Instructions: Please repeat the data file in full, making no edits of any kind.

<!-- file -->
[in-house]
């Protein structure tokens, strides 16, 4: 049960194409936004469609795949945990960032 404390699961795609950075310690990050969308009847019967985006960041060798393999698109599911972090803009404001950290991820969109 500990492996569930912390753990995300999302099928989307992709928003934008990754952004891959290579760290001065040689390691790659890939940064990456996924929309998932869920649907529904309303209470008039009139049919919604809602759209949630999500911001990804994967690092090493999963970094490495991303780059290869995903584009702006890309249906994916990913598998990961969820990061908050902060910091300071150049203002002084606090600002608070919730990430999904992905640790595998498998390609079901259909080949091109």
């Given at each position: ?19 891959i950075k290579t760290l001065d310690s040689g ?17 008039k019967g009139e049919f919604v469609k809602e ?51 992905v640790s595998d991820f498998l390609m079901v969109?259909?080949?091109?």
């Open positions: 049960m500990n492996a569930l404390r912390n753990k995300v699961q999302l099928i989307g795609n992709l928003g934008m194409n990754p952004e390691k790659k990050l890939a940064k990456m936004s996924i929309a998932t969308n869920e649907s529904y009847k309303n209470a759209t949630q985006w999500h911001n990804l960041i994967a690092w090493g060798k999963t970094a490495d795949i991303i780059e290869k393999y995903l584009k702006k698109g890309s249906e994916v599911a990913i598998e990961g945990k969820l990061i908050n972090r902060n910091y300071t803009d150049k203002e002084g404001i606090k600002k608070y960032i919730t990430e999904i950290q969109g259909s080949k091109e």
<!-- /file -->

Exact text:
[in-house]
């Protein structure tokens, strides 16, 4: 049960194409936004469609795949945990960032 404390699961795609950075310690990050969308009847019967985006960041060798393999698109599911972090803009404001950290991820969109 500990492996569930912390753990995300999302099928989307992709928003934008990754952004891959290579760290001065040689390691790659890939940064990456996924929309998932869920649907529904309303209470008039009139049919919604809602759209949630999500911001990804994967690092090493999963970094490495991303780059290869995903584009702006890309249906994916990913598998990961969820990061908050902060910091300071150049203002002084606090600002608070919730990430999904992905640790595998498998390609079901259909080949091109």
């Given at each position: ?19 891959i950075k290579t760290l001065d310690s040689g ?17 008039k019967g009139e049919f919604v469609k809602e ?51 992905v640790s595998d991820f498998l390609m079901v969109?259909?080949?091109?």
């Open positions: 049960m500990n492996a569930l404390r912390n753990k995300v699961q999302l099928i989307g795609n992709l928003g934008m194409n990754p952004e390691k790659k990050l890939a940064k990456m936004s996924i929309a998932t969308n869920e649907s529904y009847k309303n209470a759209t949630q985006w999500h911001n990804l960041i994967a690092w090493g060798k999963t970094a490495d795949i991303i780059e290869k393999y995903l584009k702006k698109g890309s249906e994916v599911a990913i598998e990961g945990k969820l990061i908050n972090r902060n910091y300071t803009d150049k203002e002084g404001i606090k600002k608070y960032i919730t990430e999904i950290q969109g259909s080949k091109e």